Beva and Aspen were owned by an elderly woman who collapsed in her home and was hospitalized in early October, leaving the horses to be cared for by a neighbor. Animal Control was called out about the horses’ condition, but found hay, water, and shelter on the property and a pair of horses that seemed pretty spry. They gave the neighbor feeding instructions and told the individual to contact them if they ran into any issues. Three weeks later, the neighbor called Pasado’s, saying that they couldn’t care for the horses and that one of the mares was down. Pasado’s immediately tried to get a vet out to help, but no one could come until after the weekend. So they called SAFE, hoping we could help. The owner’s case was being managed by Adult Protective Services, and Pasado’s worked with the owner’s social worker to get her to agree to sign the horses over to SAFE, which thankfully she did.

We arrived at the property before dark, and found the two mares living in a dirt area behind a dilapidated home, fenced in barbed wire, and filled with hazards. We were greeted by two friendly chestnut mares, sisters in their early 20s. Beva was emaciated, and Aspen had two hugely enlarged knees. The two mares loaded easily, even poor Aspen, who had to gear herself up to step up into the trailer, which she bravely did.

Beva had laid down while we were there picking them up, and pretty much immediately laid down in her shelter when she arrived at SAFE. It was a pretty harrowing night – Beva didn’t eat or drink anything we offered her, she just laid down and stayed down. Night Check found her down at 11pm and thought she might be dead or dying. She was able to stand up twice but she just collapsed back to the ground each time. She didn’t appear distressed; just kind of “done.” At 3am we found Beva cast in her shelter, meaning she had laid down with her hind legs right up against the wall, and could not get back up. We were able to flip her over and free her from the wall. All the while her sister Aspen kept watch over her. The food we’d provided did get eaten but our assumption was that Aspen was the only one eating.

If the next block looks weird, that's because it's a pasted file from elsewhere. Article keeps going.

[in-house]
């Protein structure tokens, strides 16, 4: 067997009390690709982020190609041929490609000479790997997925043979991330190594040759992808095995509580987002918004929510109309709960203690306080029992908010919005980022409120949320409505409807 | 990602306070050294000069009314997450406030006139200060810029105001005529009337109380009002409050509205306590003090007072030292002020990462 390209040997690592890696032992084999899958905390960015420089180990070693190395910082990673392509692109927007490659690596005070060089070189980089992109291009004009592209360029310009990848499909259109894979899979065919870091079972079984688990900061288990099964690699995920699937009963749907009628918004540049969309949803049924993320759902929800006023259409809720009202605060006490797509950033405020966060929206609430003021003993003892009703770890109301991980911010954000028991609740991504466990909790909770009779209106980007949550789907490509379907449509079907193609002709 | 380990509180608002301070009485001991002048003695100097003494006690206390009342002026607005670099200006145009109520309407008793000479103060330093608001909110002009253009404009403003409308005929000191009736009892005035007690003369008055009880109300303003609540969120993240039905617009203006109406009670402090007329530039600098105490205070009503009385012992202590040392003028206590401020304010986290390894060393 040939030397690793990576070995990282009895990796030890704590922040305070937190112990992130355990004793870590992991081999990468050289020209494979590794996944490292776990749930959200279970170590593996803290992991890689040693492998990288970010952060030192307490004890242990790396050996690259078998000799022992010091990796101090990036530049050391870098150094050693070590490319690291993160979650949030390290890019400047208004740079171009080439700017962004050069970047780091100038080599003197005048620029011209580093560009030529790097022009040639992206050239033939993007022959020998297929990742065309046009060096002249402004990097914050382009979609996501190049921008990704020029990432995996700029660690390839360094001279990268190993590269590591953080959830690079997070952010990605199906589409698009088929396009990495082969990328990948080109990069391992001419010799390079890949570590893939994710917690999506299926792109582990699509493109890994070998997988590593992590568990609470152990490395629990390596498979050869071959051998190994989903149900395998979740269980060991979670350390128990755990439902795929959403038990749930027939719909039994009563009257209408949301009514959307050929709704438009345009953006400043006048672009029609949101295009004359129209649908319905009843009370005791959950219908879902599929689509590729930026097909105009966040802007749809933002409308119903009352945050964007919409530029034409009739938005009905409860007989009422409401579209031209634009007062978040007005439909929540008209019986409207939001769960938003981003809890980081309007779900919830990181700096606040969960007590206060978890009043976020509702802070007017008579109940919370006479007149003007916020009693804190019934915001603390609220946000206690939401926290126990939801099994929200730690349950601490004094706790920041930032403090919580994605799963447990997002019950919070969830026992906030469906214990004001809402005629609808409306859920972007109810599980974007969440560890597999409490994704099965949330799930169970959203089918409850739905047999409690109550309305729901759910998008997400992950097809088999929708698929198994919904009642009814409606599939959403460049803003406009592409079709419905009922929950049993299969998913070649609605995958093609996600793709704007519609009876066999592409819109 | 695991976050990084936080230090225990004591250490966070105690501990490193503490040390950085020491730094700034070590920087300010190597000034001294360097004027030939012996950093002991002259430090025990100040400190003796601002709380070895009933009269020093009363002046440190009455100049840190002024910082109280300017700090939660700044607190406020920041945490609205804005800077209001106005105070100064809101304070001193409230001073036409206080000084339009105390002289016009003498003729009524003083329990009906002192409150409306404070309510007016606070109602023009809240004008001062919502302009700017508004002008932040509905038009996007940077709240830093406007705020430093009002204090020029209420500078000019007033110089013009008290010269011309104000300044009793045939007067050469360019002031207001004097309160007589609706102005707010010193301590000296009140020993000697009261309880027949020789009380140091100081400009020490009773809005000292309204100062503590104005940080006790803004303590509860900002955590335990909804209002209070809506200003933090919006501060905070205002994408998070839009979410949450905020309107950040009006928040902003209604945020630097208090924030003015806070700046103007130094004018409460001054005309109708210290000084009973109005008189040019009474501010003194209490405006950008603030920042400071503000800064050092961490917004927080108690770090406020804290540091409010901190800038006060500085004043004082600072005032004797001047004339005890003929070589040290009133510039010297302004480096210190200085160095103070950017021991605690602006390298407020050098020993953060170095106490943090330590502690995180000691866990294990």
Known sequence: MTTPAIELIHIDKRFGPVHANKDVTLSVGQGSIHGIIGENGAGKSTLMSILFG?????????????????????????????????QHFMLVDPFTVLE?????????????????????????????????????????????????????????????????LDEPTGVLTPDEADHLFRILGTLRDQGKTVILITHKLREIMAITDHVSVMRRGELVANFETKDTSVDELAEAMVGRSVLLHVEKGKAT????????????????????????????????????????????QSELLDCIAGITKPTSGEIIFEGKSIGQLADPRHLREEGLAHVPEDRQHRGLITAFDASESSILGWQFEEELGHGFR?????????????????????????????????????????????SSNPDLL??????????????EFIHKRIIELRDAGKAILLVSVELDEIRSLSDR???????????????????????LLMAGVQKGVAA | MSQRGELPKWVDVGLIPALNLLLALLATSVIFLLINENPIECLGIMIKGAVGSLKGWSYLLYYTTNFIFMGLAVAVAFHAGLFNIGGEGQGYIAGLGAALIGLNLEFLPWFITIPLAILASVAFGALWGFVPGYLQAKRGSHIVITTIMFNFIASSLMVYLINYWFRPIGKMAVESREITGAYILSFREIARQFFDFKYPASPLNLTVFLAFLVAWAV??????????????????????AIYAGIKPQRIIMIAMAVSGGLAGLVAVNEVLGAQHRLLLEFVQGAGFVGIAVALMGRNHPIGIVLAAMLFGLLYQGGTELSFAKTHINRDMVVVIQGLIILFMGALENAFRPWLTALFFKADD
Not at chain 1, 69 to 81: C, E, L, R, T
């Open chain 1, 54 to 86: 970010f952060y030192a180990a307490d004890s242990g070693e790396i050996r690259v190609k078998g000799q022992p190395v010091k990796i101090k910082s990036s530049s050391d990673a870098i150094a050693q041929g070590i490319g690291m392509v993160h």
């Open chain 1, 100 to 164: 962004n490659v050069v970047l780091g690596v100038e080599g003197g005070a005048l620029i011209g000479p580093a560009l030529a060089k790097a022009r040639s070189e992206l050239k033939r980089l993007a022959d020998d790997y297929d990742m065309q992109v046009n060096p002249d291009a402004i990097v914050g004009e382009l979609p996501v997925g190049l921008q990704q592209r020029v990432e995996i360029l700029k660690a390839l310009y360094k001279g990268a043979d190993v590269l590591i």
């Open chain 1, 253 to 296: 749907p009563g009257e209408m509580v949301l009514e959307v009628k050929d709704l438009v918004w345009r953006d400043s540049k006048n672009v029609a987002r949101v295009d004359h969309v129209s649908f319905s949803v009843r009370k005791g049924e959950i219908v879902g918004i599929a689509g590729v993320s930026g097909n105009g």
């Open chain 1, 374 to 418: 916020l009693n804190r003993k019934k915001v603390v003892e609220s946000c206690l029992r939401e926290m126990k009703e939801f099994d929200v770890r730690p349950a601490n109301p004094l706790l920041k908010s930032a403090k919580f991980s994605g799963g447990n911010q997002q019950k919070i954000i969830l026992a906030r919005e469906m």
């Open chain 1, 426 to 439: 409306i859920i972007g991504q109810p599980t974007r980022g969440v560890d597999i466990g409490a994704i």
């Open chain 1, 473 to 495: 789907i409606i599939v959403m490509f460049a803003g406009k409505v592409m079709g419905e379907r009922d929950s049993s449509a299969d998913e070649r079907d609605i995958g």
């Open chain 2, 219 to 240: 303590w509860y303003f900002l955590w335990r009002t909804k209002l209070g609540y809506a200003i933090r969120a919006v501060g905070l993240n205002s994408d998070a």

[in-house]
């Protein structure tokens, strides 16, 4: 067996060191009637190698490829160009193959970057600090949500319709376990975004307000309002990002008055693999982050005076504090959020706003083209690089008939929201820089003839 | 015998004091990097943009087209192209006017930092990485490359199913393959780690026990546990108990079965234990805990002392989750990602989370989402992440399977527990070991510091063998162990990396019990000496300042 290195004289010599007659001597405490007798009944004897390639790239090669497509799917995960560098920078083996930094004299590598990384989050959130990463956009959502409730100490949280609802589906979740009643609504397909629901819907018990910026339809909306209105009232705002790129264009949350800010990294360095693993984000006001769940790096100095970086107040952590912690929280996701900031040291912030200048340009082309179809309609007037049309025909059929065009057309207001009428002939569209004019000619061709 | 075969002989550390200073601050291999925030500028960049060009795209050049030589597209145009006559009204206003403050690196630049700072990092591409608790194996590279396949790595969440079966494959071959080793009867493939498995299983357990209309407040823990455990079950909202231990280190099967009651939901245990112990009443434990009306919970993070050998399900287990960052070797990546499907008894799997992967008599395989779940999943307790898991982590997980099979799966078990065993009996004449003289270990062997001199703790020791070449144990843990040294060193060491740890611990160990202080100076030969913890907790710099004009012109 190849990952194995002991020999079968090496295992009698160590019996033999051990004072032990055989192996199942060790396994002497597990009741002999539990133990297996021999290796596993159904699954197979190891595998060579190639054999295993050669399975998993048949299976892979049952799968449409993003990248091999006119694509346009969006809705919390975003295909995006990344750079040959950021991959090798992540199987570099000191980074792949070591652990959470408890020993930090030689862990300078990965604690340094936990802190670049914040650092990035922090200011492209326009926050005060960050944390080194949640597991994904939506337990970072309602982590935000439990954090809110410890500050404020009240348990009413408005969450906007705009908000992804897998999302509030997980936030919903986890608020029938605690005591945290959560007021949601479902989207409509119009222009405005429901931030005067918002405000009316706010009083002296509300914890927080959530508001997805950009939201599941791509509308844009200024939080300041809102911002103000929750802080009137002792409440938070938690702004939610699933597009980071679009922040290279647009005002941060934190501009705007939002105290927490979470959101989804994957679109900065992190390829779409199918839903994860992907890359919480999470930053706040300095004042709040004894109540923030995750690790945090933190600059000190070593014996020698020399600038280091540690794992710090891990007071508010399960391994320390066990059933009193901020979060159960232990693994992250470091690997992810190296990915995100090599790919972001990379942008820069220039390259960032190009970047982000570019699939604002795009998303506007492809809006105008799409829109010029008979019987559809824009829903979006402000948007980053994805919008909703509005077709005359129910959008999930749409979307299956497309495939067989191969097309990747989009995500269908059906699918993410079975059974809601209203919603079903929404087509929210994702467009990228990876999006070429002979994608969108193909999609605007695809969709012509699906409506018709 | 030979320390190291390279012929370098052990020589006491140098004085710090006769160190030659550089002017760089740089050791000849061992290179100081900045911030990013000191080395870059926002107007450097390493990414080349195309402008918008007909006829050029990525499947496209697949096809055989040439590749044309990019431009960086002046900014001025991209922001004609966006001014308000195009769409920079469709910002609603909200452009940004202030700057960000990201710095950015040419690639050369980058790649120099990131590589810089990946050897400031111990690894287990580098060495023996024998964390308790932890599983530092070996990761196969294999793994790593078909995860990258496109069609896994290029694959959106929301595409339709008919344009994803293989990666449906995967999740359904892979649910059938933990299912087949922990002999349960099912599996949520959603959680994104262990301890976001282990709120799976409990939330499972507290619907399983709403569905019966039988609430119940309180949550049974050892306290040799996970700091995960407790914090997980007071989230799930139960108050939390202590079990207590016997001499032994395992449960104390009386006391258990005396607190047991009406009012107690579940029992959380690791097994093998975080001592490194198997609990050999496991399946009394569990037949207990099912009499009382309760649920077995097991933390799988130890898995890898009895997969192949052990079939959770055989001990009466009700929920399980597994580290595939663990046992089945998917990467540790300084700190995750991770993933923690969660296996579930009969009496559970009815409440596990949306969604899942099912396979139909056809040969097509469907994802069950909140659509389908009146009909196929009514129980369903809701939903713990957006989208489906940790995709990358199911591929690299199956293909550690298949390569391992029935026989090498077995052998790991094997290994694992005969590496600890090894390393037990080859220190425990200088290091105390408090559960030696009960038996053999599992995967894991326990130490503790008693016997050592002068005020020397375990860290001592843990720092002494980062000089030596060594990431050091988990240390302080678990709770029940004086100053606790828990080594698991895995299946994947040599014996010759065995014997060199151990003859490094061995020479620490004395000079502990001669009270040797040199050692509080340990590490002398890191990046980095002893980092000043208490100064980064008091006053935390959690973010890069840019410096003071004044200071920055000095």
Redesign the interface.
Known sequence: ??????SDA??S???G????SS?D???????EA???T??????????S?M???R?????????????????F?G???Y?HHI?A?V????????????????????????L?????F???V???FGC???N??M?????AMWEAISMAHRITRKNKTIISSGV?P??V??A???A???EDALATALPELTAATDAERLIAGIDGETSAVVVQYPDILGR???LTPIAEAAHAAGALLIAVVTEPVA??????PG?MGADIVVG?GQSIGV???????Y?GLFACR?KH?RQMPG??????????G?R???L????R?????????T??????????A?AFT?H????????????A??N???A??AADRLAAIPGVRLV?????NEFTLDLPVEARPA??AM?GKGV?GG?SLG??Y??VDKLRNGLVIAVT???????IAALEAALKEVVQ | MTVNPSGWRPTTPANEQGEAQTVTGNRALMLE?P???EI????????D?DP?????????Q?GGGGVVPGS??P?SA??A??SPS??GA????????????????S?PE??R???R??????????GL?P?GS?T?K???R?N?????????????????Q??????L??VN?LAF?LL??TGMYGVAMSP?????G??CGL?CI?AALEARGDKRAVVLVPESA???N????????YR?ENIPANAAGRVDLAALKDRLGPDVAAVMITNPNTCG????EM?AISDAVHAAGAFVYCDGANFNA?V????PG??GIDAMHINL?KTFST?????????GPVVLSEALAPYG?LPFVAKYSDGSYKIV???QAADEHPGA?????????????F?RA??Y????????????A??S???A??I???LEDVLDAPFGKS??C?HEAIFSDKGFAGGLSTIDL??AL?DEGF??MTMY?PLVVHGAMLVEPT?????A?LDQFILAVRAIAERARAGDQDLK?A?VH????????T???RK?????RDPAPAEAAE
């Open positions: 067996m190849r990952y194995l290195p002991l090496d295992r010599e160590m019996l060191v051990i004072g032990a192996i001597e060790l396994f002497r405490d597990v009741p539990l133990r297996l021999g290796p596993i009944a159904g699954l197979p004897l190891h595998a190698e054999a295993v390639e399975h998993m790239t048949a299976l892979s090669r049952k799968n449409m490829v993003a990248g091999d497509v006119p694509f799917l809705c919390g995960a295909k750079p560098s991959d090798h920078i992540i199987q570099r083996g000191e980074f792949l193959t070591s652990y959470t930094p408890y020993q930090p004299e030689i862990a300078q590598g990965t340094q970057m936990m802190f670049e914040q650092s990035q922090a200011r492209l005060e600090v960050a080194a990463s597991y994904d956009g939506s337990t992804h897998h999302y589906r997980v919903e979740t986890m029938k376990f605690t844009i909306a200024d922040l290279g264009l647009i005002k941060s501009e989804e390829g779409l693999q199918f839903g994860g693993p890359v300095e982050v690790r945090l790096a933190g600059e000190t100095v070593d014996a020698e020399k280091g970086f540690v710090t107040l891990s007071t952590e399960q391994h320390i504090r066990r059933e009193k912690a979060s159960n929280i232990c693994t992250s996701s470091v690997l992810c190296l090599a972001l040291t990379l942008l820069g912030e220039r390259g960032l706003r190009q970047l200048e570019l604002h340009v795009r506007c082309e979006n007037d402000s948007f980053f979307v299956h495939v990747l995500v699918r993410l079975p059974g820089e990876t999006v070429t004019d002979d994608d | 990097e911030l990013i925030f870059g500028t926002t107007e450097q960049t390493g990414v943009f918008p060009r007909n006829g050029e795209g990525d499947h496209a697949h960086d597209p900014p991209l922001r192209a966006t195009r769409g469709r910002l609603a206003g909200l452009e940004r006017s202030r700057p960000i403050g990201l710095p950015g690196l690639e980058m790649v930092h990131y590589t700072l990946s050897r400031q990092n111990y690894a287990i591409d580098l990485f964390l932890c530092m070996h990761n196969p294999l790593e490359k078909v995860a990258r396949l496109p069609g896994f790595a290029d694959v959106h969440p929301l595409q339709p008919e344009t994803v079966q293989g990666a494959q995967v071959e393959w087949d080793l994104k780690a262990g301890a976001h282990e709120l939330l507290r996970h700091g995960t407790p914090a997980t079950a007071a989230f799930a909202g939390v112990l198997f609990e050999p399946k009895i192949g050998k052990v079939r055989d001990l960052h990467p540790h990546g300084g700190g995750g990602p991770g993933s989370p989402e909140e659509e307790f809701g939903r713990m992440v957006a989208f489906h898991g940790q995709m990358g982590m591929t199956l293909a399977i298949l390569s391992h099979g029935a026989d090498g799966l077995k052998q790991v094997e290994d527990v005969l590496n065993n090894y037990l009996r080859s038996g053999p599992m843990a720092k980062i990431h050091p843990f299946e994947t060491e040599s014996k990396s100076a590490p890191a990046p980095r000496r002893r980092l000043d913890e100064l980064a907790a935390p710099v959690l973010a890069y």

Dr Lewis arrived early the next morning to examine them and take blood from each of them. Looking at Aspen’s knees, she said it was likely arthritis causing the enlargement and severely restricting her ability to move, and that we’d be facing a quality of life decision for her sooner rather than later. Aspen’s bloodwork was normal. Beva’s showed no indication of inflammation or infection, but she did show liver enzyme changes, likely due to her emaciation, and that could result in sudden death. She was also dehydrated. Dr Lewis said that we could opt for hospitalizing her and using a feeding tube…but beyond that, Beva had to decide to start eating. So we were instructed to try feeding her 1.5 lbs of our alfalfa every three hours for the next 24 hours. And we were to try to get her to drink by offering her sweet water and wetting down the alfalfa. She was offered the alfalfa and seemed mildly interested in it. But she ate SO slowly, so we had to separate Aspen so she wouldn’t eat her sister’s food.

As the day and night went on, Beva seemed to decide that our alfalfa hay was actually pretty tasty…! Soon, she was polishing off her meals and nickering for more. They were fed every three hours through the night, and never once found her lying down. The next day she began venturing out of her shelter to stand with her sister, and appeared much brighter. This upswing continued through the weekend, and when Dr Lewis came out for a recheck, she was pleasantly surprised to see a much improved Beva. New bloodwork showed that her liver enzymes were headed in the right direction. We began feeding them every 4 hours, and gradually increasing the amount of hay at each feeding. Soon we were feeding every six hours, and finally, they were onto a “normal” feeding schedule that required no more late night visits. We’d been warned that Beva wouldn’t be out of the woods for 14 days, but she passed that deadline with flying colors, and is well on her way to regaining her weight and her health.

Aspen is being given Equioxx to help her be more comfortable. It’s still too early to know if she can be kept pasture sound, and we haven’t seen her lie down very much if at all, so there could be a quality of life issue there. The two sisters are very close, and very sweet with each other. They spend their days together in a paddock, and at night they come in and share a double stall together. They nicker at everyone who passes by, and love to be petted and scratched.

Welcome to SAFE, sweet mares!!!

Watch Beva and Aspen arrive at SAFE here: